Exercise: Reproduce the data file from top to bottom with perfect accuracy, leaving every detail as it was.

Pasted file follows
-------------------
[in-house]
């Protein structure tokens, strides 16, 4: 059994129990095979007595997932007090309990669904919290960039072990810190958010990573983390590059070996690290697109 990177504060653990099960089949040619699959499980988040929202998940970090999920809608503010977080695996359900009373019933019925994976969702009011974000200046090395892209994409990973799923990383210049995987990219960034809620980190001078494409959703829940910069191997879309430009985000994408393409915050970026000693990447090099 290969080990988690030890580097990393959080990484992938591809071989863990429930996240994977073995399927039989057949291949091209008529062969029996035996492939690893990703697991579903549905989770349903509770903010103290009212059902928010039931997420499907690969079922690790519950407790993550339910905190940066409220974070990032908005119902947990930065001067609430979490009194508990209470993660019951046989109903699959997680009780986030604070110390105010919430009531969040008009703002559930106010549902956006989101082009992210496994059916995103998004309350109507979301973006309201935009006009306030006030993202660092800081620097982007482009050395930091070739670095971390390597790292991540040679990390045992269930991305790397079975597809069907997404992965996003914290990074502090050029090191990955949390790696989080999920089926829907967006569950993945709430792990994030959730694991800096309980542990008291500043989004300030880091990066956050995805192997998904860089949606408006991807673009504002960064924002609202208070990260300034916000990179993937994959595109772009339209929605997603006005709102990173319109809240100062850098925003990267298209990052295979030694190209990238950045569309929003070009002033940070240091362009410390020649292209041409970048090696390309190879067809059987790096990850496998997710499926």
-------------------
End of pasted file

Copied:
[in-house]
């Protein structure tokens, strides 16, 4: 059994129990095979007595997932007090309990669904919290960039072990810190958010990573983390590059070996690290697109 990177504060653990099960089949040619699959499980988040929202998940970090999920809608503010977080695996359900009373019933019925994976969702009011974000200046090395892209994409990973799923990383210049995987990219960034809620980190001078494409959703829940910069191997879309430009985000994408393409915050970026000693990447090099 290969080990988690030890580097990393959080990484992938591809071989863990429930996240994977073995399927039989057949291949091209008529062969029996035996492939690893990703697991579903549905989770349903509770903010103290009212059902928010039931997420499907690969079922690790519950407790993550339910905190940066409220974070990032908005119902947990930065001067609430979490009194508990209470993660019951046989109903699959997680009780986030604070110390105010919430009531969040008009703002559930106010549902956006989101082009992210496994059916995103998004309350109507979301973006309201935009006009306030006030993202660092800081620097982007482009050395930091070739670095971390390597790292991540040679990390045992269930991305790397079975597809069907997404992965996003914290990074502090050029090191990955949390790696989080999920089926829907967006569950993945709430792990994030959730694991800096309980542990008291500043989004300030880091990066956050995805192997998904860089949606408006991807673009504002960064924002609202208070990260300034916000990179993937994959595109772009339209929605997603006005709102990173319109809240100062850098925003990267298209990052295979030694190209990238950045569309929003070009002033940070240091362009410390020649292209041409970048090696390309190879067809059987790096990850496998997710499926």